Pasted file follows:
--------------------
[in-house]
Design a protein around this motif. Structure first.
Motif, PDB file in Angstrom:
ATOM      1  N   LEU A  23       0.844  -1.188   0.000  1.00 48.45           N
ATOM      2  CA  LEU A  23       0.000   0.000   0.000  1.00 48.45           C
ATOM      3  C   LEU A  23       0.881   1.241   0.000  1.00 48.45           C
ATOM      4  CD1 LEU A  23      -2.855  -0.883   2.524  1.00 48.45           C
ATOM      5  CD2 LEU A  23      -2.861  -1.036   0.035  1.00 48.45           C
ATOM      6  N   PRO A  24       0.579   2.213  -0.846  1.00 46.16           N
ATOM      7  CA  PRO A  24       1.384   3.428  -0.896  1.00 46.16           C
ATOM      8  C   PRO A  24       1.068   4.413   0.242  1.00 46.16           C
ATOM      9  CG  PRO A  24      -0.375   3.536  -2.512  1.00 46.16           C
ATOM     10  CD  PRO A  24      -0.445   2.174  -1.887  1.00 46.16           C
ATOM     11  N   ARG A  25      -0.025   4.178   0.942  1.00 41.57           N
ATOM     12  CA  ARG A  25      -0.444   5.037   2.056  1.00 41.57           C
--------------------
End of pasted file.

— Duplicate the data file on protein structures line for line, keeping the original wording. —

[in-house]
Design a protein around this motif. Structure first.
Motif, PDB file in Angstrom:
ATOM      1  N   LEU A  23       0.844  -1.188   0.000  1.00 48.45           N
ATOM      2  CA  LEU A  23       0.000   0.000   0.000  1.00 48.45           C
ATOM      3  C   LEU A  23       0.881   1.241   0.000  1.00 48.45           C
ATOM      4  CD1 LEU A  23      -2.855  -0.883   2.524  1.00 48.45           C
ATOM      5  CD2 LEU A  23      -2.861  -1.036   0.035  1.00 48.45           C
ATOM      6  N   PRO A  24       0.579   2.213  -0.846  1.00 46.16           N
ATOM      7  CA  PRO A  24       1.384   3.428  -0.896  1.00 46.16           C
ATOM      8  C   PRO A  24       1.068   4.413   0.242  1.00 46.16           C
ATOM      9  CG  PRO A  24      -0.375   3.536  -2.512  1.00 46.16           C
ATOM     10  CD  PRO A  24      -0.445   2.174  -1.887  1.00 46.16           C
ATOM     11  N   ARG A  25      -0.025   4.178   0.942  1.00 41.57           N
ATOM     12  CA  ARG A  25      -0.444   5.037   2.056  1.00 41.57           C